And this is where the Tock story begins as well. Nick was getting fed up with a lot of the traditional software in his restaurants. King among the grievances was reservation systems. Not only were they taking huge fees; they weren’t even reducing the number of calls Alinea’s hosts were receiving. Dual-entry shows up a lot in industries that have had bad software. You enter something in one system and you end up inputting the same information somewhere else. Customers were doing their own form of dual entry: calling into the restaurant even after they booked to ensure they were good to go.
And even beyond the operational headache, there were a host of other issues. Restaurants run on razor thin margins with limited seating inventory. In fine dining, this is even more acute, given the expense put into ingredients, real estate, and more.
In fine dining, a last minute cancellation might mean a seat going unfilled. That adds up to hundreds of thousands of revenue a year. And despite the hype, OpenTable didn’t solve this issue. As Nick puts it:
”If you don’t listen to the phones all day, you don’t get bothered by the outcomes of the software”
As Nick was mulling this all over, he was envisioning what became Next, a dining experience more like theater than anything else. The menu, the design, and the entire theme rotate throughout the year, each wholly different than the last. And in Nick’s ideal, diners could buy ticket to the experience for the year.
Nick was looking to innovate not only in the booking experience but in the economic model. Granting customers unlimited optionality to cancel their reservation with no cost was simply not the right model in fine dining.
There was a big problem though: there weren’t any software systems that could accommodate this. The closest iterations were in the theater software landscape, yet none of those could handle dynamic seating or the nuances innate to restaurants. The only live option was to build the software himself.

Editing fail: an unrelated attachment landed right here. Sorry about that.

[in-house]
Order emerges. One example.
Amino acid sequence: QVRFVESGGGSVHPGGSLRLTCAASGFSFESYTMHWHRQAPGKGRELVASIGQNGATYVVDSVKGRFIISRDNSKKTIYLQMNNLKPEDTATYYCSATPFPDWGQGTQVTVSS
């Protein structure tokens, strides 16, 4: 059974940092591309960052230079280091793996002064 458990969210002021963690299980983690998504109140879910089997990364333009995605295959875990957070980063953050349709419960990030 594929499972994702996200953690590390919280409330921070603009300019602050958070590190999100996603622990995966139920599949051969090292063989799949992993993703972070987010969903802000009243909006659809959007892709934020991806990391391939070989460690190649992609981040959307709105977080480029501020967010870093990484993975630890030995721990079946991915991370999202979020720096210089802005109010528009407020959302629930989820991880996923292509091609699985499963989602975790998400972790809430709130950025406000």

Nick got to work on the first prototype and he even whipped up a video of the first home-brewed version during our discussion. And when he saw firsthand how transformative this could be for his own restaurant group, he knew that this tooling could be democratized for the rest of the fine dining industry. Tock was born.
Tock, Incentives, and Tooling
Tock’s platform is a completely new paradigm around the incentives of restaurants, their customers, and how the two should interact.
This starts with a new paradigm around the economics and incentives around customer acquisition. The simple truth is that OpenTable’s model doesn’t reward or even recognize a restaurant’s own customer acquisition efforts. If you’re a regular who happens to make your reservations through OpenTable’s website, OpenTable still charges the restaurant the same price.2
Nick thought the logic behind that was really faulty.3 The problem is that OpenTable views itself as a discovery engine for consumers and so they've historically priced accordingly, charging a fee for each booking.4 But the problem is that customers aren't actually using OpenTable as a discovery engine. A diner's journey to find a restaurant starts on Google not OpenTable and it has for years. And what's worse is that OpenTable will buy AdWords against the restaurant the diner might be searching for.